I am one of those who look forward to Lent as a season for quiet reflection and a slower pace of life. It always comes as a surprise how quickly it passes, how soon it’s over, how little time I devoted to quiet reflection, and how unchanged my pace of life remained during those few brief weeks.
Maybe that’s why I treasure Holy Week and the Great Vigil of Easter so much. It captures the essence of Lent in seven short days. It is not simply a matter of attending a quiet Eucharist each day, or the very intentional remembrance of the gift of holy food and drink on Thursday, or the vigil at the cross on Friday. I also do my best to drop out of normal obligations and civic duties during Holy Week. The United Way, Housing Authority and Diocese all get along without me. On Saturday evening, at the Great Vigil, the darkened church offers few distractions. The long series of lessons are given opportunity for reflection by the offering of canticles and hymns between them. Almost too soon comes the announcement that He is Risen and Easter has arrived.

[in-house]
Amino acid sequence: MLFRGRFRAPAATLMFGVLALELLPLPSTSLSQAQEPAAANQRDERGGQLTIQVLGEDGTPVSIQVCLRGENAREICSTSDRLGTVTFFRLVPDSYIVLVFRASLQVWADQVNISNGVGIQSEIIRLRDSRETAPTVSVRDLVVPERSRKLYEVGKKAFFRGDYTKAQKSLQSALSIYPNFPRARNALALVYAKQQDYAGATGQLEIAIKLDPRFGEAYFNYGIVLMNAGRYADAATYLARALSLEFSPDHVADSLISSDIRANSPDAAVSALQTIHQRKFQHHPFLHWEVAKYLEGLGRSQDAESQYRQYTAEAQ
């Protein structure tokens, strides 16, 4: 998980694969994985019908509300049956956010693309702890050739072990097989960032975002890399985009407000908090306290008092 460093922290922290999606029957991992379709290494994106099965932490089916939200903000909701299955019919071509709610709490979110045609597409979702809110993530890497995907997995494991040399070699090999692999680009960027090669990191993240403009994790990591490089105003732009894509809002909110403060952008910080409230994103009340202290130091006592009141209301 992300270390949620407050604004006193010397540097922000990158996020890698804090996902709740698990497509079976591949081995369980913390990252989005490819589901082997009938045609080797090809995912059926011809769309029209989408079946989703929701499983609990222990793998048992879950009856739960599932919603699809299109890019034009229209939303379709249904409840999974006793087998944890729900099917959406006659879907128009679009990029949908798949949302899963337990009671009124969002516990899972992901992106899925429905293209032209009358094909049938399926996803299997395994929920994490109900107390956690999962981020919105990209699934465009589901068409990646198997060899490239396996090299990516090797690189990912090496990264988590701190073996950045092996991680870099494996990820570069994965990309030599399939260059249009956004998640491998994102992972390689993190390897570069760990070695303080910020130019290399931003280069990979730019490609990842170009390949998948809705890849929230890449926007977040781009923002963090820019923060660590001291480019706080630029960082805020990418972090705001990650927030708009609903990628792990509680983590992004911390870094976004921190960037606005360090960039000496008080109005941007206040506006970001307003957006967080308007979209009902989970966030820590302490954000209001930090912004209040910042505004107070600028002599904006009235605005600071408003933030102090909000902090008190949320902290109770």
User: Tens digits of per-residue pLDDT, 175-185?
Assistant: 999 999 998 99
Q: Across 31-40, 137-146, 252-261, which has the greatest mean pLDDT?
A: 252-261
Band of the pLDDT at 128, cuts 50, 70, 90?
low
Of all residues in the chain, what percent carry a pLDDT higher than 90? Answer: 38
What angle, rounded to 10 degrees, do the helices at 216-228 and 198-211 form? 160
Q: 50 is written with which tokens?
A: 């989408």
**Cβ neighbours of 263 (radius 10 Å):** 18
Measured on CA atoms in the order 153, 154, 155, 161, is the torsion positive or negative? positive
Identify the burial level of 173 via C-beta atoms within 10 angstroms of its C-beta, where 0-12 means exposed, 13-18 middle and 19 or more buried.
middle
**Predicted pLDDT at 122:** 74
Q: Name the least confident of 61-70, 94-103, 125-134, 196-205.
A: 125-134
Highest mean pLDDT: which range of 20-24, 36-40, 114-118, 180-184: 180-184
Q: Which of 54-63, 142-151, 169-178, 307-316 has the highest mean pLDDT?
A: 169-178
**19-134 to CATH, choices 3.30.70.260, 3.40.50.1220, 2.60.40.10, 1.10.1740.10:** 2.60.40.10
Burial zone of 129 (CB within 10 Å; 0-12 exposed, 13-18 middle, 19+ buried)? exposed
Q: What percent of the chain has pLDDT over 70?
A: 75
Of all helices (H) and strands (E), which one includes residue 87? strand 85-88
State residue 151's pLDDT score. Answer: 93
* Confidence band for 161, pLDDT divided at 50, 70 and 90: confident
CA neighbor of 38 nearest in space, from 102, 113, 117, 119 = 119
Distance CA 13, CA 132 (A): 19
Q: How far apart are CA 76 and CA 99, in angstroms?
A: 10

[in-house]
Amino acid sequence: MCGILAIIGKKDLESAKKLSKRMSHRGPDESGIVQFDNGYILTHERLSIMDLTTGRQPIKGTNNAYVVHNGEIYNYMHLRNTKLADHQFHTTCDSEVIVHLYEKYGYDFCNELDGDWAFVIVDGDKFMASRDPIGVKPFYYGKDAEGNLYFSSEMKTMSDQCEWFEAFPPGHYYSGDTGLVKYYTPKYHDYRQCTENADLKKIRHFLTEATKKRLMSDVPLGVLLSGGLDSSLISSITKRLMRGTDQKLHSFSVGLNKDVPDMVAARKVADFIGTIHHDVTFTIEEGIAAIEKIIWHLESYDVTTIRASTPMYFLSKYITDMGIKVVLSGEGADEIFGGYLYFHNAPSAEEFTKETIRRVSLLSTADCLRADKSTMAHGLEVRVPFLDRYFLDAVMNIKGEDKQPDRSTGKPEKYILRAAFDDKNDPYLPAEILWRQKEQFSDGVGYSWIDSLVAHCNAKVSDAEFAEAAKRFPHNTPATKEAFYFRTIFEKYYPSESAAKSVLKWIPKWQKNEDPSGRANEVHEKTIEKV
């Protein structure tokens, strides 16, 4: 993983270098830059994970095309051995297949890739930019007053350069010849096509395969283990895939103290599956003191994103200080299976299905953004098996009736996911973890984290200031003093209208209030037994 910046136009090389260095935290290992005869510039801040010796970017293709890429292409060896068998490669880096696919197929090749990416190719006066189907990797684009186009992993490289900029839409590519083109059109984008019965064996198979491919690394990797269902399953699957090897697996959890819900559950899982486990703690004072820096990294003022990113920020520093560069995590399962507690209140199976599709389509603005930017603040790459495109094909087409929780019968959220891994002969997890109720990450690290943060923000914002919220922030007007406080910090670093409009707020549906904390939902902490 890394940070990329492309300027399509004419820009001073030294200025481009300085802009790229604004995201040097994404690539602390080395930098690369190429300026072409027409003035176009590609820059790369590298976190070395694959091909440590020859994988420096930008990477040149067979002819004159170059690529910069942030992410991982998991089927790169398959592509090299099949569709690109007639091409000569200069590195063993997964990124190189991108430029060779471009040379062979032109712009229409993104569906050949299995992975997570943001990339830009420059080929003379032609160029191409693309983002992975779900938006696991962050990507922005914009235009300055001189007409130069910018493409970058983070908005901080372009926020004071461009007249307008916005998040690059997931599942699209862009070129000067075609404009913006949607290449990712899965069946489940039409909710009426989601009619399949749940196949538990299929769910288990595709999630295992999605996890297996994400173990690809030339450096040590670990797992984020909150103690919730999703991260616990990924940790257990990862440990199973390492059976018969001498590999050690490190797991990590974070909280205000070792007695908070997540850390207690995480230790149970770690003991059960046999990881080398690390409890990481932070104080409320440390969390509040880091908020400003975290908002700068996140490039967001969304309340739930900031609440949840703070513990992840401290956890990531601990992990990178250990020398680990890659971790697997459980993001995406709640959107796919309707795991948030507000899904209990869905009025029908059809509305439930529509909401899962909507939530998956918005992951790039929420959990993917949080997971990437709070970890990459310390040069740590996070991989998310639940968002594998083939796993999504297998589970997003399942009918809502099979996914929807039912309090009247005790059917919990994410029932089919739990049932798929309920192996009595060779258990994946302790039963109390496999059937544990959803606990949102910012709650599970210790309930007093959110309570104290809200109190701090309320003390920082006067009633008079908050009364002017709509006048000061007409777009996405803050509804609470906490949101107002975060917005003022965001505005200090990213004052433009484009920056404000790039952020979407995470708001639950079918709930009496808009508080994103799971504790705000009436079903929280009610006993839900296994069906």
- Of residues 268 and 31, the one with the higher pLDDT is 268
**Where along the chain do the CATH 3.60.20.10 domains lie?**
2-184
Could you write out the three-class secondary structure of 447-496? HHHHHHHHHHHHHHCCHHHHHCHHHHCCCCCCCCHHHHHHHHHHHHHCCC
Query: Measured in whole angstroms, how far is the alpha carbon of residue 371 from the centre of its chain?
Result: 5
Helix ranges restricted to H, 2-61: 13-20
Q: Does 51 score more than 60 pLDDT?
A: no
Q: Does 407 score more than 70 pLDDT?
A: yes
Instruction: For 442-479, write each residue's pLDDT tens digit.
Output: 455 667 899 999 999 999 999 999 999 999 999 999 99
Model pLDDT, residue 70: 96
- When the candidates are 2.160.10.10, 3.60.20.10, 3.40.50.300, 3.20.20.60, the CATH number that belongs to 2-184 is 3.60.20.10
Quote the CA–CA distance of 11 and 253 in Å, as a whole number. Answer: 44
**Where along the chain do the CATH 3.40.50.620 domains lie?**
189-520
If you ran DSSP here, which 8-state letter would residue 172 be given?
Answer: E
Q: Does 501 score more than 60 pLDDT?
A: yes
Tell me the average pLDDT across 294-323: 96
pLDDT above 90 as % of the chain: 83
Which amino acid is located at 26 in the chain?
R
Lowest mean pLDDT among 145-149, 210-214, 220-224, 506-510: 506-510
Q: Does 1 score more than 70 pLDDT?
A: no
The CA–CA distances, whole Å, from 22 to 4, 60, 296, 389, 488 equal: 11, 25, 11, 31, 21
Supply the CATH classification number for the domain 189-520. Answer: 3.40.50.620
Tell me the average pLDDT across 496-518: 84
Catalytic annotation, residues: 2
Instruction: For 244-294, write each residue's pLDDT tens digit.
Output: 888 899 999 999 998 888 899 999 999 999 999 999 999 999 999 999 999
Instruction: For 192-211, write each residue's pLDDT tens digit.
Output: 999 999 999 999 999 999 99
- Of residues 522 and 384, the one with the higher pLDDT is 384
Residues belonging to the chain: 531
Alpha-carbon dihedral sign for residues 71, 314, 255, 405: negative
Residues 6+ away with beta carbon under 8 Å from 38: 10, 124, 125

I rejoice at the return of Alleluias, which, rather stubbornly, I will not give up after Pentecost as is the practice of some. I rejoice at the renewal of life and hope that never died and never will. I rejoice at the good news we are called to share. But a part of me misses the Lent in which I did not fully participate. And I give grateful thanks for the Holy Week that prepared me for Easter’s joy.